7
$\begingroup$

Let $\mathcal{P}$ be a "small particle" trapped in a $n$-dimensional potential. We will assume the dynamics of $\mathcal{P}$ are well described by the stochastic differential equation \begin{align*} \mathrm{d} x_t & = v_t \mathrm{d}t \\ m\mathrm{d} v_t& = -\nabla \Psi(x_t) \mathrm{d}t -\gamma v_t \mathrm{d}t + \sigma \mathrm{d} W_t \end{align*} where $x_t$ and $v_t$ are the position and velocity vectors, $\Psi(x)$ is a bell-shaped potential with a single minimum at $\Psi(0)$ and $W_t$ is a vector Wiener process. Now define the energy of the particle as \begin{align}\label{eq:energy} h(x_t, v_t) = \Psi(x_t) + \frac{1}{2}mv_t^2. \end{align} I am interested in calculating the time it takes for $\mathcal{P}$ to reach a certain energy $r$, i.e., the stopping time $$ \tau_h = \inf\{ t \geq 0: h(x_t, v_t) = r \}. $$ Calculating $\mathbb{E}(\tau_h)$ would be enough for now. So far I have tried calculating \begin{align}\label{eq:en_evolution} h(x_t, v_t) = h(x_0, v_0) + \int_0^t \mathrm{d} h(x_s, v_s), \end{align} and then, by taking expected values, I hoped I'd be able to solve by $\mathbb{E}(\tau_h)$. With the Wiener process I got the right and well-known result of the exit time from a ball of radius $r$ (this is, in fact, a naive way of using Dynkin's formula), but with the process I described before I didn't get too far. Assuming the initial conditions are distributed according to the invariant (Gibbs) measure, one gets, of course, that $$ \mathbb{E}[h(x_t, v_t)] = \mathbb{E}[\Psi(x_t)] + \frac{1}{2}k_B T, $$ which is true, and reassuring, but not very useful, since we lost $\mathbb{E}(\tau_h)$.

I'm not especially used to calculations like this, so any suggestions of "tricks" and/or common techniques for calculating hitting times would be appreciated. I would also be grateful for any references where similar exit time calculations are performed (for non trivial processes).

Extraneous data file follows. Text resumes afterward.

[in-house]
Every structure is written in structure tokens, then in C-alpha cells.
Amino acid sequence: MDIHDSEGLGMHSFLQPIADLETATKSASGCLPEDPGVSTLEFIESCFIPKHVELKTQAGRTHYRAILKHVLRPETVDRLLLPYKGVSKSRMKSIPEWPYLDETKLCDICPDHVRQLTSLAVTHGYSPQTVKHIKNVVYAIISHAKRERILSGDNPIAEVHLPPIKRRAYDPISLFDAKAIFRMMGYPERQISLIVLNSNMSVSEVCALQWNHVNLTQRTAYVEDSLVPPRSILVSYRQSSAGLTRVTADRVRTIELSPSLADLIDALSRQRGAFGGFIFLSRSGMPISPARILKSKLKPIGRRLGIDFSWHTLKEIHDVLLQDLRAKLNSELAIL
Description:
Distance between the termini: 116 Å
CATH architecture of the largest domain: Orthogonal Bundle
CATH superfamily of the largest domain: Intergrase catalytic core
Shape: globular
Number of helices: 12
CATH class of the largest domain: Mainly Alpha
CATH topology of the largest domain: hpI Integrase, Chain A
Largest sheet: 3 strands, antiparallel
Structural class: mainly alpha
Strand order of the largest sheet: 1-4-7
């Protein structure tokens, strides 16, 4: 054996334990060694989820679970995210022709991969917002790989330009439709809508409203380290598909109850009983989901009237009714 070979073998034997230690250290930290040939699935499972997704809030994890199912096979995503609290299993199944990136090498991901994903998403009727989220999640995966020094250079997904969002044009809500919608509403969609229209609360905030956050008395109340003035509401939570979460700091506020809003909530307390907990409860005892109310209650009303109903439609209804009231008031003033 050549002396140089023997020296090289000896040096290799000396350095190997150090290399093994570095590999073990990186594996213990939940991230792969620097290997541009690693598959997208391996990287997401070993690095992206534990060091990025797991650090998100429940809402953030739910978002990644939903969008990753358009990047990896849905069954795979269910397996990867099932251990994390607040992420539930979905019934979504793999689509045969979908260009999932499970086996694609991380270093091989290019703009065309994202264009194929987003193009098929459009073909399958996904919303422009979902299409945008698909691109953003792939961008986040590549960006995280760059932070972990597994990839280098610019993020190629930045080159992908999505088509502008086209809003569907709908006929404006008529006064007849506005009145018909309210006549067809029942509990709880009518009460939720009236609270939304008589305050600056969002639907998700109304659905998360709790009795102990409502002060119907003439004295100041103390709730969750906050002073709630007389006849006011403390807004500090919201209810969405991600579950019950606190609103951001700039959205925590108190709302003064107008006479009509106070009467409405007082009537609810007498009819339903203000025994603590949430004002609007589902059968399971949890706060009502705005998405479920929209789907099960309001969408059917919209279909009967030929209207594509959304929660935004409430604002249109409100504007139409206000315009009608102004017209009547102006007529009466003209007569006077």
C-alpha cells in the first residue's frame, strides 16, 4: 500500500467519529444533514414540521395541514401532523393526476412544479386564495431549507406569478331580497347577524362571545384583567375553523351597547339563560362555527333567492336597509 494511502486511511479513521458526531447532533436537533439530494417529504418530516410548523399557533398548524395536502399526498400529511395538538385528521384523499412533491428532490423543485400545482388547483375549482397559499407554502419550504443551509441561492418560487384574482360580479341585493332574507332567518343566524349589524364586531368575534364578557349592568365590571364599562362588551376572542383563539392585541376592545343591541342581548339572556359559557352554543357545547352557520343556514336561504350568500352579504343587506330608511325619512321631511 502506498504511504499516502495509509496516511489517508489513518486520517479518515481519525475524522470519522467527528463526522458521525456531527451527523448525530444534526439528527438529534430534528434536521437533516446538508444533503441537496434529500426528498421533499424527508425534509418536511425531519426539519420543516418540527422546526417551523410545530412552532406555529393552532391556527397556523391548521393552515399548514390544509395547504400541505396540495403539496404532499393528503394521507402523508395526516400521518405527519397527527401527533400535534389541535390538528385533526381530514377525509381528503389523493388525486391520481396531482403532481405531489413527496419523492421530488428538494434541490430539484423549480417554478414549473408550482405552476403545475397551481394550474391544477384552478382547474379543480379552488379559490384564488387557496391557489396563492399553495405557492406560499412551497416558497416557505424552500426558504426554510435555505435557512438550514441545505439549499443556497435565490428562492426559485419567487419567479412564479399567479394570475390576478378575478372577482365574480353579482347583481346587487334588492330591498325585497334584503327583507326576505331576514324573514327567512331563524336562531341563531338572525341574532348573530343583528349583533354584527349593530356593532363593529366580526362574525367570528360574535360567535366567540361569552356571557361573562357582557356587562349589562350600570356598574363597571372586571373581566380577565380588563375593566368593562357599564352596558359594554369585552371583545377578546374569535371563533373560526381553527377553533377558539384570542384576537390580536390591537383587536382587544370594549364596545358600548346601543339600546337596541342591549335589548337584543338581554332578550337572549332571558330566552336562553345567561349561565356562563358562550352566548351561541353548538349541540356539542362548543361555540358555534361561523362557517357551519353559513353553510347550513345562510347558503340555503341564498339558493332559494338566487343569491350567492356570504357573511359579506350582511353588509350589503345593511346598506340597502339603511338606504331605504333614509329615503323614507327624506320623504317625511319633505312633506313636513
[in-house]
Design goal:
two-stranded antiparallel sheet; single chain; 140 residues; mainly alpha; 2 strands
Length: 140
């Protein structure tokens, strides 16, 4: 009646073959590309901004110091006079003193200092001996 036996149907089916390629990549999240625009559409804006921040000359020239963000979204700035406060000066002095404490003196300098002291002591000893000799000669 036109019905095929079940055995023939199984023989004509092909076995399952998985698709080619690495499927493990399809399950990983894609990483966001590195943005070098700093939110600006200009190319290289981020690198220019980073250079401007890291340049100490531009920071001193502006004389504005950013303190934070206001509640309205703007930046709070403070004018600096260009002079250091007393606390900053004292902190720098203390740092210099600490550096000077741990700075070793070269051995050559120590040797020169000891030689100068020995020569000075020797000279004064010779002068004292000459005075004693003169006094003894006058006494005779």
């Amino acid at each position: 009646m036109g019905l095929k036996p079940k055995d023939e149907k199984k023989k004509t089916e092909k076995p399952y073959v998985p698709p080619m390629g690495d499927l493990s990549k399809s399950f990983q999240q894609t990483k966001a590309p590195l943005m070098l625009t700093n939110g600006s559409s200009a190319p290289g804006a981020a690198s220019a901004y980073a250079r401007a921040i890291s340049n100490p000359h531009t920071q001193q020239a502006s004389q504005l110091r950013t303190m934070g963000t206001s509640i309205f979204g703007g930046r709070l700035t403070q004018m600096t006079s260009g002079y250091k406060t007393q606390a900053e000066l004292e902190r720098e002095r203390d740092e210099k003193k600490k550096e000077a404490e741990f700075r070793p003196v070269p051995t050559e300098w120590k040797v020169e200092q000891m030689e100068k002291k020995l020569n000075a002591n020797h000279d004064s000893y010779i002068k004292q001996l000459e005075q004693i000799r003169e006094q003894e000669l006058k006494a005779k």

$\endgroup$
2
$\begingroup$

Here is a common method used for calculating exit time/stopping times of stochastic processes.

We need to find a non-random function $u(h)$ which is a function of the stochastic process on which the stopping criteria is applied. We will use Itô's lemma to find a differential equation satisfied by $u$ and the stopping criteria will be the boundary condition for this function.

For the stochastic process specified in the question, we can apply Itô's lemma to get,

$du(h_t) = u_h(h_t)dh_t + \frac{1}{2}u_{hh}(h_t)d[h,h]_t$

we can now write the dynamic of $h_t$ as following,

\begin{equation} h_t = \Psi(x_t) + \frac{1}{2}mv_t^2 \\ dh_t = \nabla \Psi(x_t)dx_t + mv_tdv_t + \frac{1}{2}md[v,v]_t \\ dh_t= v_t\nabla \Psi(x_t)dt + v_t(-\nabla \Psi(x_t)dt - \gamma v_tdt+\sigma dW_t) + \frac{\sigma^2}{2m}dt\\ d[h,h]_t = \sigma^2v_t^2dt \end{equation}

Plugging the above into the differential of $u$, we get

\begin{equation} du = u_h(-\gamma v_t^2+\frac{\sigma^2}{2m})dt + u_hv_t\sigma dW_t+ \frac{1}2 u_{hh}\sigma^2v_t^2dt \end{equation}

Integrating the above between $t=0$ and $t=\tau$, we get,

\begin{equation} u(h(\tau)) = u(h(0)) + \int_0^\tau{\left(u_h(-\gamma v_t^2+\frac{\sigma^2}{2m})+u_{hh}\sigma^2v_t^2\right)dt} + \int_0^\tau{u_hv_t\sigma dW_t} \end{equation}

Now $h(\tau) = r$ and if we can find $u(h)$ which satisfies the differential equation,

$u_h(-\gamma v^2+\frac{\sigma^2}{2m})+u_{hh}\sigma^2v^2=-1$,

and boundary condition, $u(r)=0$. Then we can take expectation of the Stochastic Integral equation and use the fact that expectation of a well-behaved Itô integral is $0$, and we will get

$\mathbb{E}[\tau] = u(h(x_0,v_0))$.

We can use the relation between $h$ and $v$ to eliminate $v$ from the ODE. Alternate formulation of the function $u$ could be as a function of $(x,v)$ which will lead to a PDE based on similar application of Itô's lemma.

Special Case: If we can assume some relation between $\gamma, \sigma$ and $m$, then the established ODE could be simplified to get nice results. For example if $\gamma = 0$, then $u(h) = \frac{2m}{\sigma^2}(r-h)$ satisfies the ODE and boundary condition. $\mathbb{E}[\tau]$ would be then equal to $\frac{2m}{\sigma^2}(r-h(x_0,v_0))$.

$\endgroup$

Your Answer

By clicking “Post Your Answer”, you agree to our terms of service, privacy policy and cookie policy

Not the answer you're looking for? Browse other questions tagged or ask your own question.